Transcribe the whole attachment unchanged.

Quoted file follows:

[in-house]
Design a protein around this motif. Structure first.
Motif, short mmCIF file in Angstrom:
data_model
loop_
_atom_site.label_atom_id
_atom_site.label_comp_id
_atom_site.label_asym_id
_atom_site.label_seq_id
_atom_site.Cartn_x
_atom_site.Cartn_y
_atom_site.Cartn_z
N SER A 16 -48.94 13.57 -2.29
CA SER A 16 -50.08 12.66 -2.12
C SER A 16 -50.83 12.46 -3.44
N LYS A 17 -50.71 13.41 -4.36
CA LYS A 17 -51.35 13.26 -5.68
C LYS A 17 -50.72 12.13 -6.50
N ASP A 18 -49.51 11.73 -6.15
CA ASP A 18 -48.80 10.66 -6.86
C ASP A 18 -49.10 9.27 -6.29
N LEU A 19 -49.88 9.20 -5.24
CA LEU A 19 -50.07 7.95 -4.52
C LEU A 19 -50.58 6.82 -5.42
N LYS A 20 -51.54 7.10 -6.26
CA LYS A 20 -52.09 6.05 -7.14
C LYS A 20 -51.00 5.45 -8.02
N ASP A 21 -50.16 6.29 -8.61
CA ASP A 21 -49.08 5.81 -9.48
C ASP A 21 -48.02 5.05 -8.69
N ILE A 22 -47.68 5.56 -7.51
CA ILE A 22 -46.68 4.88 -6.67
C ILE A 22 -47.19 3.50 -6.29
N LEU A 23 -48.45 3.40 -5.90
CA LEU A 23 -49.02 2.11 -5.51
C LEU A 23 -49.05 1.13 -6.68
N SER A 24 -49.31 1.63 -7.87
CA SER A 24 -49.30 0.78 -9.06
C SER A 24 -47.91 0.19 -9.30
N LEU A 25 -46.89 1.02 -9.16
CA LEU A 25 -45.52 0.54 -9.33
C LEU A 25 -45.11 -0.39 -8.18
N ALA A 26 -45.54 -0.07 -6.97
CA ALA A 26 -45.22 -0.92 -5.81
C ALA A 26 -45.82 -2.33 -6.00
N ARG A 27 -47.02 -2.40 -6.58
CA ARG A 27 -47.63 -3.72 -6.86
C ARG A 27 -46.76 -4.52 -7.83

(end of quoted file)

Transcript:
[in-house]
Design a protein around this motif. Structure first.
Motif, short mmCIF file in Angstrom:
data_model
loop_
_atom_site.label_atom_id
_atom_site.label_comp_id
_atom_site.label_asym_id
_atom_site.label_seq_id
_atom_site.Cartn_x
_atom_site.Cartn_y
_atom_site.Cartn_z
N SER A 16 -48.94 13.57 -2.29
CA SER A 16 -50.08 12.66 -2.12
C SER A 16 -50.83 12.46 -3.44
N LYS A 17 -50.71 13.41 -4.36
CA LYS A 17 -51.35 13.26 -5.68
C LYS A 17 -50.72 12.13 -6.50
N ASP A 18 -49.51 11.73 -6.15
CA ASP A 18 -48.80 10.66 -6.86
C ASP A 18 -49.10 9.27 -6.29
N LEU A 19 -49.88 9.20 -5.24
CA LEU A 19 -50.07 7.95 -4.52
C LEU A 19 -50.58 6.82 -5.42
N LYS A 20 -51.54 7.10 -6.26
CA LYS A 20 -52.09 6.05 -7.14
C LYS A 20 -51.00 5.45 -8.02
N ASP A 21 -50.16 6.29 -8.61
CA ASP A 21 -49.08 5.81 -9.48
C ASP A 21 -48.02 5.05 -8.69
N ILE A 22 -47.68 5.56 -7.51
CA ILE A 22 -46.68 4.88 -6.67
C ILE A 22 -47.19 3.50 -6.29
N LEU A 23 -48.45 3.40 -5.90
CA LEU A 23 -49.02 2.11 -5.51
C LEU A 23 -49.05 1.13 -6.68
N SER A 24 -49.31 1.63 -7.87
CA SER A 24 -49.30 0.78 -9.06
C SER A 24 -47.91 0.19 -9.30
N LEU A 25 -46.89 1.02 -9.16
CA LEU A 25 -45.52 0.54 -9.33
C LEU A 25 -45.11 -0.39 -8.18
N ALA A 26 -45.54 -0.07 -6.97
CA ALA A 26 -45.22 -0.92 -5.81
C ALA A 26 -45.82 -2.33 -6.00
N ARG A 27 -47.02 -2.40 -6.58
CA ARG A 27 -47.63 -3.72 -6.86
C ARG A 27 -46.76 -4.52 -7.83